And ought to be ashamed of itself. Amidst calls by President Obama and others for greater civility in political discourse, the virtual paper from Madison decided to run an editorial on the Senate's failure to confirm Louis Butler's nomination for federal judgeship. That's certainly a salient topic and there are many interesting things to say about it.
But one of those things is not that the Butler nomination has been held because he is black. There is not a shred of evidence for that. This is not the only nomination that has been held and it is not hard to see why it is being held. While, as I have repeatedly said, Louis Butler is a smart and gifted lawyer, he espouses a judicial philosophy with which many disagree and, during his tenure on the state supreme court, he demonstrated a willingness to pursue it rather aggressively.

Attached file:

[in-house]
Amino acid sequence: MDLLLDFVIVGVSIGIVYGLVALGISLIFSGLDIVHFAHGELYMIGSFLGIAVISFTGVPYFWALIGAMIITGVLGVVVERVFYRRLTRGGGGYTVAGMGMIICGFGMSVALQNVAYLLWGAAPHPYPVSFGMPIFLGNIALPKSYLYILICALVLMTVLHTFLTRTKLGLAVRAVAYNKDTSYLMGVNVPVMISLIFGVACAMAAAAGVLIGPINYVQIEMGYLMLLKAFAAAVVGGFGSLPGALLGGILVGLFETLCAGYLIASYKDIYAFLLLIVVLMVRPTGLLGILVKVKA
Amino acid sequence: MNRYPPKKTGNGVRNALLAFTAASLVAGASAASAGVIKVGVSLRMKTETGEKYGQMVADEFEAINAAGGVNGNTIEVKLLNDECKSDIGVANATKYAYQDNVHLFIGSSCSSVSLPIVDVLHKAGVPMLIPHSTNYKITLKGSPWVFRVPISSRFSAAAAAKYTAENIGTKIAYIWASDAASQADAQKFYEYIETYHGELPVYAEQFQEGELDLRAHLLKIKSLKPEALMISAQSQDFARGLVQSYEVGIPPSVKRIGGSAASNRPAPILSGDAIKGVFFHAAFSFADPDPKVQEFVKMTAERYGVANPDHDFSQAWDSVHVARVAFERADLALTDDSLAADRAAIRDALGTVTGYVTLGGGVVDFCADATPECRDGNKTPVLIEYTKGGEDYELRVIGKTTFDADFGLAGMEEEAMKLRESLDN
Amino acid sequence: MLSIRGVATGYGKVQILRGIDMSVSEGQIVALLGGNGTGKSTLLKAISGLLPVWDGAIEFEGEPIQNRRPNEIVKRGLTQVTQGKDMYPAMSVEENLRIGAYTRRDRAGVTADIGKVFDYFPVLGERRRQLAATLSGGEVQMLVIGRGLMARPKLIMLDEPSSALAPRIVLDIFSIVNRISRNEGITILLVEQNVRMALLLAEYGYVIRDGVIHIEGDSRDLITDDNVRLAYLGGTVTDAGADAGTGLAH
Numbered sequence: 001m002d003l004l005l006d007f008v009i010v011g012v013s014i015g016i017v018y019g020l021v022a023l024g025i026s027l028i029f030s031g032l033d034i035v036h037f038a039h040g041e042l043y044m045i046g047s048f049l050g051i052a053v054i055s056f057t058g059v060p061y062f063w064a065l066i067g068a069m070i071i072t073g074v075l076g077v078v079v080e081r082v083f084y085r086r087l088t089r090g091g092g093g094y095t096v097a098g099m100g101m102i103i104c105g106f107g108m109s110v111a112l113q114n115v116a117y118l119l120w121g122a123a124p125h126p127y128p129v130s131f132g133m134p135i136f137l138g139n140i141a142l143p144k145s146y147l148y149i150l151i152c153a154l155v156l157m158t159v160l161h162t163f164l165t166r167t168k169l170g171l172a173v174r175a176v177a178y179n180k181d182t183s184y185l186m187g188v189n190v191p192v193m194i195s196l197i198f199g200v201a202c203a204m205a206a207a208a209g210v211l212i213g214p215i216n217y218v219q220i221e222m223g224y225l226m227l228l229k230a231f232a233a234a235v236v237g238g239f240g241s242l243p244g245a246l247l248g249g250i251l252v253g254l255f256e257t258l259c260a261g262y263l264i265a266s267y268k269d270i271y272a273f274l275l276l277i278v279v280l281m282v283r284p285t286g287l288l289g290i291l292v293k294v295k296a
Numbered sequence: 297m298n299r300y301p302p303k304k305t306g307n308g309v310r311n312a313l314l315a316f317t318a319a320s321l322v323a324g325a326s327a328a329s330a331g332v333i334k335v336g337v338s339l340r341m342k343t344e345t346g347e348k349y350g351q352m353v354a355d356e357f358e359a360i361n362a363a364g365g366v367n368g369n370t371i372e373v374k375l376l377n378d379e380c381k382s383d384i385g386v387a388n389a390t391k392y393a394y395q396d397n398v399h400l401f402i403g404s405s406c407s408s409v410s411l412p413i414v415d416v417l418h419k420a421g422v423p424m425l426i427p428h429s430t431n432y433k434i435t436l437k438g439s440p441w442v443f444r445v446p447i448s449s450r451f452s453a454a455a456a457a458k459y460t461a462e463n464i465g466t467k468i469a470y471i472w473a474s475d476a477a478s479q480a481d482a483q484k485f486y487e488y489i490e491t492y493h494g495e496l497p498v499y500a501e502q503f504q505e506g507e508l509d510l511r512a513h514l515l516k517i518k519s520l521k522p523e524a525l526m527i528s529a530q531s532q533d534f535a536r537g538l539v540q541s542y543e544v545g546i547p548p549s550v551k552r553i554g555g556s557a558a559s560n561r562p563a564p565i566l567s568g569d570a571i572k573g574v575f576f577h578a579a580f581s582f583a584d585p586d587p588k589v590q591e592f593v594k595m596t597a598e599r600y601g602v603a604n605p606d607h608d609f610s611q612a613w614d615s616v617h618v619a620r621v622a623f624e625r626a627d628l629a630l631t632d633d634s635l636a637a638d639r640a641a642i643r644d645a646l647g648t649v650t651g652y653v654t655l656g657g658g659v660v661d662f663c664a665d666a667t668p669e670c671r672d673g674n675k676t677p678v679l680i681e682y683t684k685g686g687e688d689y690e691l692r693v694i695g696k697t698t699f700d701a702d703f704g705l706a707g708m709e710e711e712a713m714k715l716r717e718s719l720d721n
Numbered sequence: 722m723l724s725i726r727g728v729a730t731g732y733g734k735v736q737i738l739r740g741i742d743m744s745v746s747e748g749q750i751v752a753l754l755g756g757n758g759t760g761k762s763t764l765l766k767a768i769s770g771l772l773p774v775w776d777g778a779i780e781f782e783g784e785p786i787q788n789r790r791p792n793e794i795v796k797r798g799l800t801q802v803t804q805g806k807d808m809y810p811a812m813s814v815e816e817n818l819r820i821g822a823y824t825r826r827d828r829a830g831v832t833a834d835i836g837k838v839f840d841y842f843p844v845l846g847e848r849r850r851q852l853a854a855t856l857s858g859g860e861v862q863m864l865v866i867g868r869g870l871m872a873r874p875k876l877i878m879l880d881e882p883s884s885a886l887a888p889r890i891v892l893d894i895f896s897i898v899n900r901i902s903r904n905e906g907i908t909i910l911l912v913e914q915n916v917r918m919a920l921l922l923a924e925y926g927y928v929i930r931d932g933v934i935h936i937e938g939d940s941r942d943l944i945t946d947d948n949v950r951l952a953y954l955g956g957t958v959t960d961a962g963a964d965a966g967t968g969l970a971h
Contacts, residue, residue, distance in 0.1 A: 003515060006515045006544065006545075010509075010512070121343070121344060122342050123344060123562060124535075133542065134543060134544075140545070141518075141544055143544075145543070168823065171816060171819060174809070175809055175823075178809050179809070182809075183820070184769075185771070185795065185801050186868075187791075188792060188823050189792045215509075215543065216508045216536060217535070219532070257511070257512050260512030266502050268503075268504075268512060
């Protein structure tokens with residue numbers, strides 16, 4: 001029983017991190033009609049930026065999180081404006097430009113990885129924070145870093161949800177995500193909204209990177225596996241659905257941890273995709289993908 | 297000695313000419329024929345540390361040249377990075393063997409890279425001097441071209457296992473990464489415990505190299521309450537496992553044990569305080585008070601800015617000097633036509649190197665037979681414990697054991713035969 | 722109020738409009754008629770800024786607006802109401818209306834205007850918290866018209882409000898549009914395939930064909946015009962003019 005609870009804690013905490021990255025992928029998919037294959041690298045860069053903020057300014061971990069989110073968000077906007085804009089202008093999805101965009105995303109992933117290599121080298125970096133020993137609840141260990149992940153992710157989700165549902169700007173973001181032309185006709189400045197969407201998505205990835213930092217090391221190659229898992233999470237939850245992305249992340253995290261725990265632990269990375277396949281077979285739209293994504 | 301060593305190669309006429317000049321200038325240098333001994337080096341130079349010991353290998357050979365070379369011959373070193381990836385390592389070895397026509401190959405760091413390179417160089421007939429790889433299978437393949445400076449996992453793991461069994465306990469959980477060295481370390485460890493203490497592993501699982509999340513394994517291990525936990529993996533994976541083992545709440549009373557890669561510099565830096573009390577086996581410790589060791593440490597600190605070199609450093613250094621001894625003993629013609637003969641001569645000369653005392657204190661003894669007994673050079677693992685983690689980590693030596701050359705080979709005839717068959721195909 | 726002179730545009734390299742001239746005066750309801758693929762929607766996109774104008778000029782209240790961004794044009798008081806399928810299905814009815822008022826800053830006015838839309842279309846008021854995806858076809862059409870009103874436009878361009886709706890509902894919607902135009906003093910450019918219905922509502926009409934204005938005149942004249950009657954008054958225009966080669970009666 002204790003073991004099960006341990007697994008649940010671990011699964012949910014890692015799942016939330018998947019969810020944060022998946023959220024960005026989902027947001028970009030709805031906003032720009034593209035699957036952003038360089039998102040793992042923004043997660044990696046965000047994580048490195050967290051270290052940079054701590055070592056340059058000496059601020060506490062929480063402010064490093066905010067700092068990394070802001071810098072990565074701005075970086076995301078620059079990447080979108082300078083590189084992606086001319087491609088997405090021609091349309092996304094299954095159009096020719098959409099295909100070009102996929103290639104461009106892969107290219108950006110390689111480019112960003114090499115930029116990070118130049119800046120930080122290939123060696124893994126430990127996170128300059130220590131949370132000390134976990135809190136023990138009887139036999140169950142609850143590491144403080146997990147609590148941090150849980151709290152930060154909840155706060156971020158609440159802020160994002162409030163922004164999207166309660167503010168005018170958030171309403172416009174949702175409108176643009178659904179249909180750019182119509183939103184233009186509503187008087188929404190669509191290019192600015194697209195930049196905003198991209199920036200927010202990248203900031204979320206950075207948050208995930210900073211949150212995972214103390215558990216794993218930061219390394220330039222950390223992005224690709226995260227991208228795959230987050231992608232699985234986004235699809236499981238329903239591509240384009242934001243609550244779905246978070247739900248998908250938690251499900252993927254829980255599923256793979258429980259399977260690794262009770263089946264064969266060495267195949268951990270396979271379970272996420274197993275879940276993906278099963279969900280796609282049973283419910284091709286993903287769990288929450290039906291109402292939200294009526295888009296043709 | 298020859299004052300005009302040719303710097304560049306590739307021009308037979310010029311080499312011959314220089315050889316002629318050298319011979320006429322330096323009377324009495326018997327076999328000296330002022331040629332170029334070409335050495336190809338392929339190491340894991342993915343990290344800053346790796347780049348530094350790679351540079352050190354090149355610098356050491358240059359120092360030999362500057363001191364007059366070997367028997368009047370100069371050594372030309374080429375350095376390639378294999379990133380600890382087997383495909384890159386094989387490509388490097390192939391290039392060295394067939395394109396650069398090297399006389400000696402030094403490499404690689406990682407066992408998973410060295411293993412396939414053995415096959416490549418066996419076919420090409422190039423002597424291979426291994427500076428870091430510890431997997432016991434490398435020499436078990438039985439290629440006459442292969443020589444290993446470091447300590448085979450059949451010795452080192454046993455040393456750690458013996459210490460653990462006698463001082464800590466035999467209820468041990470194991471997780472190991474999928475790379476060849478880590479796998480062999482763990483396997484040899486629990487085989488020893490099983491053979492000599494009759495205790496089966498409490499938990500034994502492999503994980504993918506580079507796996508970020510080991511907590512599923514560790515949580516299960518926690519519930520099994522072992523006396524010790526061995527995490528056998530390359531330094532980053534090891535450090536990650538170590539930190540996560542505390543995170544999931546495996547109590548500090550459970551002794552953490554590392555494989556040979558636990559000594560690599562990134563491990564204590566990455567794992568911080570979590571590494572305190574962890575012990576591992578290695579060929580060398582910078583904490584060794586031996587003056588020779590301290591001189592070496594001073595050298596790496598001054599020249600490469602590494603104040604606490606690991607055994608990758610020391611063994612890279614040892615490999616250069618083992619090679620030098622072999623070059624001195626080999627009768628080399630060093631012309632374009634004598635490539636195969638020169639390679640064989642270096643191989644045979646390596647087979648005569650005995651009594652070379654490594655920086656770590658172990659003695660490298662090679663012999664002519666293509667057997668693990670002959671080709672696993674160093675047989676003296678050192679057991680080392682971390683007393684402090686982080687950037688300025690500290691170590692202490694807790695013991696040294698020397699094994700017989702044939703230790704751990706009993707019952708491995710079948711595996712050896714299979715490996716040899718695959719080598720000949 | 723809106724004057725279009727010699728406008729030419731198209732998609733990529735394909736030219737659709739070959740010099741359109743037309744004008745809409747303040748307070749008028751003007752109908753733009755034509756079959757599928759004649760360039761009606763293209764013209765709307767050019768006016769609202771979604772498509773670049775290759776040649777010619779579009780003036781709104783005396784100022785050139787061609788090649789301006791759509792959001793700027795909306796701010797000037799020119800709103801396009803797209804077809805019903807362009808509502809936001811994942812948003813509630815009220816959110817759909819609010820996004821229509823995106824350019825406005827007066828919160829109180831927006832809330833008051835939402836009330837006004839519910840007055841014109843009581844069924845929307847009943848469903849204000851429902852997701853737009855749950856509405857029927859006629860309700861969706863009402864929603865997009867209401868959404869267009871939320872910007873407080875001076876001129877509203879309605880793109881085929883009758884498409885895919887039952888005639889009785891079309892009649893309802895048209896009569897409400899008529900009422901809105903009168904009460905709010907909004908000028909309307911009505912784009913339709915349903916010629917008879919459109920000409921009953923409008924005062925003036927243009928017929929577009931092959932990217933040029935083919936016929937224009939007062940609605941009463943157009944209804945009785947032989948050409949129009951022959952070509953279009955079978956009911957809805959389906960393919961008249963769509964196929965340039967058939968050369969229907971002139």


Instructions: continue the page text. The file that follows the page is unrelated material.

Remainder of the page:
We can disagree about that philosophy and about the extent to which it ought to play a role in confirmation proceedings, but that is the issue in the Butler nomination.
Apparently concluding that genuine discourse would be too hard, the Cap Times has decided to play the Confederacy Card. The problem is Jeff Sessions (he's from Alabama) and those other GOP Senators - many of whom are from ... the South! The Cap Times says: "No serious observer doubts that, were Obama to nominate a white male
who was less qualified and less committed to a constitutionally based
application of the rule of law, the Senate would move quickly to
confirm the president’s pick."
Actually, I think that every serious observer doubts - or should doubt - that. Were Louis Butler white, the conservatives opposing him would be just as opposed. If Louis Butler espoused the same judicial philosophy as Clarence Thomas, they would love him (as they love Thomas; he's a rock star at conservative events).
There isn't a shred of evidence to the contrary. This is irresponsible and demagogic calumny. I'm not surprised that the piece is unsigned. If I had anything to do with it, I'd be ashamed too.